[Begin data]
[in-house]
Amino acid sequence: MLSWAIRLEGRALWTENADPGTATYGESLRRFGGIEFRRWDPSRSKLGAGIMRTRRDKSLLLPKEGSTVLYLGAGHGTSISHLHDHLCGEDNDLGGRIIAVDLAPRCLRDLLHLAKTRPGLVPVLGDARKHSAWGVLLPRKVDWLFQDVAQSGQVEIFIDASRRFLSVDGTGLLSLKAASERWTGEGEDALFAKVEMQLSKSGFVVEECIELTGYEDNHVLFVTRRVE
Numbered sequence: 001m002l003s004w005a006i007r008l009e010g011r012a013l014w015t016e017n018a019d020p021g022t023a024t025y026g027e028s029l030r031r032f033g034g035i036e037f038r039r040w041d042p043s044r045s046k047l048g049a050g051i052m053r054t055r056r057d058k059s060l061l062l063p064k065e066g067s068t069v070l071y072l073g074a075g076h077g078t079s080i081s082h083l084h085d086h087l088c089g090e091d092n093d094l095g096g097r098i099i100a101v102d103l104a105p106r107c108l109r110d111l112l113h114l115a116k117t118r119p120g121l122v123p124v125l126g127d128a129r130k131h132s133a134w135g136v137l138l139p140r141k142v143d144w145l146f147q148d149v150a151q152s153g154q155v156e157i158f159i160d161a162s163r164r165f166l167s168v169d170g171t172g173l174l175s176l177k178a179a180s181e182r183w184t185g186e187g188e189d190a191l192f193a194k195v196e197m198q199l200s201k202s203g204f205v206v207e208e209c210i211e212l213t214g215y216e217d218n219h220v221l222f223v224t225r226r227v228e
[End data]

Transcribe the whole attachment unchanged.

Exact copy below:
[in-house]
Amino acid sequence: MLSWAIRLEGRALWTENADPGTATYGESLRRFGGIEFRRWDPSRSKLGAGIMRTRRDKSLLLPKEGSTVLYLGAGHGTSISHLHDHLCGEDNDLGGRIIAVDLAPRCLRDLLHLAKTRPGLVPVLGDARKHSAWGVLLPRKVDWLFQDVAQSGQVEIFIDASRRFLSVDGTGLLSLKAASERWTGEGEDALFAKVEMQLSKSGFVVEECIELTGYEDNHVLFVTRRVE
Numbered sequence: 001m002l003s004w005a006i007r008l009e010g011r012a013l014w015t016e017n018a019d020p021g022t023a024t025y026g027e028s029l030r031r032f033g034g035i036e037f038r039r040w041d042p043s044r045s046k047l048g049a050g051i052m053r054t055r056r057d058k059s060l061l062l063p064k065e066g067s068t069v070l071y072l073g074a075g076h077g078t079s080i081s082h083l084h085d086h087l088c089g090e091d092n093d094l095g096g097r098i099i100a101v102d103l104a105p106r107c108l109r110d111l112l113h114l115a116k117t118r119p120g121l122v123p124v125l126g127d128a129r130k131h132s133a134w135g136v137l138l139p140r141k142v143d144w145l146f147q148d149v150a151q152s153g154q155v156e157i158f159i160d161a162s163r164r165f166l167s168v169d170g171t172g173l174l175s176l177k178a179a180s181e182r183w184t185g186e187g188e189d190a191l192f193a194k195v196e197m198q199l200s201k202s203g204f205v206v207e208e209c210i211e212l213t214g215y216e217d218n219h220v221l222f223v224t225r226r227v228e